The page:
Chapter 15-Transition to Jet Powered Airplanes
Table of Contents
Jet Engine Basics
Operating the Jet Engine
Jet Engine Ignition
Thrust to Thrust Lever Relationship
Variation of Thrust with RPM
Slow Acceleration of the Jet Engine
Jet Engine Efficiency
Absence of Propeller Effect
Absence of Propeller Slipstream
Absence of Propeller Drag
Recovery from Overspeed Conditions
Mach Buffet Boundaries
Low Speed Flight
Pilot Sensations in Jet Flying
Jet Airplane Takeoff and Climb
Rotation and Lift-Off
Jet Airplane Approach and Landing
The Stabilized Approach
Touchdown and Rollout
TOUCHDOWN AND ROLLOUT
A proper approach and flare positions the airplane to touch down in the touchdown target zone, which is usually about 1,000 feet beyond the runway threshold. Once the main wheels have contacted the runway, the pilot must maintain directional control and initiate the stopping process. The stop must be made on the runway that remains in front of the airplane. The runway distance available to stop is longest if the touchdown was on target. The energy to be dissipated is least if there is no excess speed. The stop that begins with a touchdown that is on the numbers will be the easiest stop to make for any set of conditions.
At the point of touchdown, the airplane represents a very large mass that is moving at a relatively high speed. The large total energy must be dissipated by the brakes, the aerodynamic drag, and the thrust reversers. The nosewheel should be flown onto the ground immediately after touchdown because a jet airplane decelerates poorly when held in a nose-high attitude. Placing the nosewheel tire(s) on the ground will assist in maintaining directional control. Also, lowering the nose gear decreases the wing angle of attack, decreasing the lift, placing more load onto the tires, thereby increasing tire-to-ground friction. Landing distance charts for jet airplanes assume that the nosewheel is lowered onto the runway within 4 seconds of touchdown.
There are only three forces available for stopping the airplane. They are wheel braking, reverse thrust, and aerodynamic braking. Of the three, the brakes are most effective and therefore the most important stopping force for most landings. When the runway is very slippery, reverse thrust and drag may be the dominant forces. Both reverse thrust and aerodynamic drag are most effective at high speeds. Neither is affected by runway surface condition. Brakes, on the other hand, are most effective at low speed. The landing rollout distance will depend on the touchdown speed and what forces are applied and when they are applied. The pilot controls the what and when factors, but the maximum braking force may be limited by tire-to-ground friction.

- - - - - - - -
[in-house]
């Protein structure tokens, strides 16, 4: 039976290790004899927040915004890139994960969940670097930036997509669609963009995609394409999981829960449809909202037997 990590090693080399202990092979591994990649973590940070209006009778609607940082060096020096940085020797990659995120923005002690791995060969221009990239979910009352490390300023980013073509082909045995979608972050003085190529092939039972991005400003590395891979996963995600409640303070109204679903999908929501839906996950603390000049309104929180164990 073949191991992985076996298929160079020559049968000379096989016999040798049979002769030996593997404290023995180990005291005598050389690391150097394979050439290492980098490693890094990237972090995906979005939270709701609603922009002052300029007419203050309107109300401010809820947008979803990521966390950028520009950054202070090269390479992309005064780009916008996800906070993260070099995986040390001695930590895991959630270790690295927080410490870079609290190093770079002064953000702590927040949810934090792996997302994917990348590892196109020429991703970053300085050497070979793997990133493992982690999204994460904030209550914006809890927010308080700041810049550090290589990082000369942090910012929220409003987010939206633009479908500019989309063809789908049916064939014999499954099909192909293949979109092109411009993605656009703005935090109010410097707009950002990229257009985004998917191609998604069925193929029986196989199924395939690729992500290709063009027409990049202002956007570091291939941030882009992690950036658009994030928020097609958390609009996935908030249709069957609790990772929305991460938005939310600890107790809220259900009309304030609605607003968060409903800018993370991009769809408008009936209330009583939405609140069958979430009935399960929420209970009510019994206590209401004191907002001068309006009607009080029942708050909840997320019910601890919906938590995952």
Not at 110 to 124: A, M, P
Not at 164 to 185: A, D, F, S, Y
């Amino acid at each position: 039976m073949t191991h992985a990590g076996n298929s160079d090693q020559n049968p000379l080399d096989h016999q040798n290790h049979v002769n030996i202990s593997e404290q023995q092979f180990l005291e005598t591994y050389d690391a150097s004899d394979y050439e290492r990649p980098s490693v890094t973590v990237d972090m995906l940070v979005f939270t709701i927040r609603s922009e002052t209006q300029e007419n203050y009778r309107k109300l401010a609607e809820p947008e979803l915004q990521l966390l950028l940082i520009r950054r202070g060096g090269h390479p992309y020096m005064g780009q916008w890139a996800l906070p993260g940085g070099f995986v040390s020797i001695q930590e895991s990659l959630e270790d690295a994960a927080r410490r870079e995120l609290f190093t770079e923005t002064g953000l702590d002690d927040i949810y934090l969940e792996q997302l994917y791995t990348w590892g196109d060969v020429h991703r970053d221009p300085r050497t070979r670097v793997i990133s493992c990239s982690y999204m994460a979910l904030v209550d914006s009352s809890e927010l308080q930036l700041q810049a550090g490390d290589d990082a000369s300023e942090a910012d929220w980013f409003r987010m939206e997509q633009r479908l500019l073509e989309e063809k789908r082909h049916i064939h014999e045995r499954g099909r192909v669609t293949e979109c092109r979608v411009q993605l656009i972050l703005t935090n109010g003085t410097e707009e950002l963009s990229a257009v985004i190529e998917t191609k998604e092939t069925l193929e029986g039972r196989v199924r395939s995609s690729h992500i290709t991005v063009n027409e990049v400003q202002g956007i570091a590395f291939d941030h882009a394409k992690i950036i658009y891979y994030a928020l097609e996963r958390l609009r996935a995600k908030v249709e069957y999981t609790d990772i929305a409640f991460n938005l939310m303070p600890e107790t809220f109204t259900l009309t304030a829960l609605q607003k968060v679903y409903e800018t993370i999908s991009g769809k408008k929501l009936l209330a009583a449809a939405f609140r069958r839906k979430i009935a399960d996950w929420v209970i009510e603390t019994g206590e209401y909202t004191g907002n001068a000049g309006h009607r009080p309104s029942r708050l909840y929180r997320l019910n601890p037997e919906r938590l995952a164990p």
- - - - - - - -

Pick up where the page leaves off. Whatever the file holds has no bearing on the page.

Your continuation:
The pilot should begin braking as soon after touchdown and wheel spin-up as possible, and to smoothly continue the braking until stopped or a safe taxi speed is reached. However, caution should be used if the airplane is not equipped with a functioning anti-skid system. In such a case, heavy braking can cause the wheels to lock and the tires to skid.
Both directional control and braking utilize tire ground friction. They share the maximum friction force the tires can provide. Increasing either will subtract from the other. Understanding tire ground friction, how runway contamination affects it, and how to use the friction available to maximum advantage is important to a jet pilot.
Spoilers should be deployed immediately after touchdown because they are most effective at high speed. Timely deployment of spoilers will increase drag by 50 to 60 percent, but more importantly, they spoil much of the lift the wing is creating, thereby causing more of the weight of the airplane to be loaded onto the wheels. The spoilers increase wheel loading by as much as 200 percent in the landing flap configuration. This increases the tire ground friction force making the maximum tire braking and cornering forces available.
Like spoilers, thrust reversers are most effective at high speeds and should be deployed quickly after touchdown. However, the pilot should not command significant reverse thrust until the nosewheel is on the ground. Otherwise, the reversers might deploy asymmetrically resulting in an uncontrollable yaw towards the side on which the most reverse thrust is being developed, in which case the pilot will need whatever nosewheel steering is available to maintain directional control.15-24